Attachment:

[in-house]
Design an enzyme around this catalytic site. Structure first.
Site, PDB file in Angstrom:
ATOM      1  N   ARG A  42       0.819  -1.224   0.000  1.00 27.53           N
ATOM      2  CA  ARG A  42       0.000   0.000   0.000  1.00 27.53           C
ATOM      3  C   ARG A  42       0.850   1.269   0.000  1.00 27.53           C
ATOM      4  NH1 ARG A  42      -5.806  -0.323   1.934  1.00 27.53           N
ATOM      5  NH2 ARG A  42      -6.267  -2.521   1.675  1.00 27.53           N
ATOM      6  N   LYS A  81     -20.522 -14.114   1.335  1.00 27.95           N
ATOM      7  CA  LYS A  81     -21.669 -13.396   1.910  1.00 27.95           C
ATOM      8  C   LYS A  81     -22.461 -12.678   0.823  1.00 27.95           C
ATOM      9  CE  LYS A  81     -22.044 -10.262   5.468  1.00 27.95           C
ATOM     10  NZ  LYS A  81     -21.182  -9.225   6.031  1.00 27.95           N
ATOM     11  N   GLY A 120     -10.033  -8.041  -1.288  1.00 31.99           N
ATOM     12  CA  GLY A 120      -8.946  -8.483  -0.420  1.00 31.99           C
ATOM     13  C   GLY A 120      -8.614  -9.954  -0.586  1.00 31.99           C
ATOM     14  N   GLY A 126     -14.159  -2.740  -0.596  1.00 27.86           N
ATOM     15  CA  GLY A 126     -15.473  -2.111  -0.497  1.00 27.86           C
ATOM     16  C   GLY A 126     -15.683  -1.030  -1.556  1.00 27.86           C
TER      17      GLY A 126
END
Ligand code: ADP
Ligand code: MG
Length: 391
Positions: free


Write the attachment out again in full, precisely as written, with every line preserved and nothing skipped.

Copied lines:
[in-house]
Design an enzyme around this catalytic site. Structure first.
Site, PDB file in Angstrom:
ATOM      1  N   ARG A  42       0.819  -1.224   0.000  1.00 27.53           N
ATOM      2  CA  ARG A  42       0.000   0.000   0.000  1.00 27.53           C
ATOM      3  C   ARG A  42       0.850   1.269   0.000  1.00 27.53           C
ATOM      4  NH1 ARG A  42      -5.806  -0.323   1.934  1.00 27.53           N
ATOM      5  NH2 ARG A  42      -6.267  -2.521   1.675  1.00 27.53           N
ATOM      6  N   LYS A  81     -20.522 -14.114   1.335  1.00 27.95           N
ATOM      7  CA  LYS A  81     -21.669 -13.396   1.910  1.00 27.95           C
ATOM      8  C   LYS A  81     -22.461 -12.678   0.823  1.00 27.95           C
ATOM      9  CE  LYS A  81     -22.044 -10.262   5.468  1.00 27.95           C
ATOM     10  NZ  LYS A  81     -21.182  -9.225   6.031  1.00 27.95           N
ATOM     11  N   GLY A 120     -10.033  -8.041  -1.288  1.00 31.99           N
ATOM     12  CA  GLY A 120      -8.946  -8.483  -0.420  1.00 31.99           C
ATOM     13  C   GLY A 120      -8.614  -9.954  -0.586  1.00 31.99           C
ATOM     14  N   GLY A 126     -14.159  -2.740  -0.596  1.00 27.86           N
ATOM     15  CA  GLY A 126     -15.473  -2.111  -0.497  1.00 27.86           C
ATOM     16  C   GLY A 126     -15.683  -1.030  -1.556  1.00 27.86           C
TER      17      GLY A 126
END
Ligand code: ADP
Ligand code: MG
Length: 391
Positions: free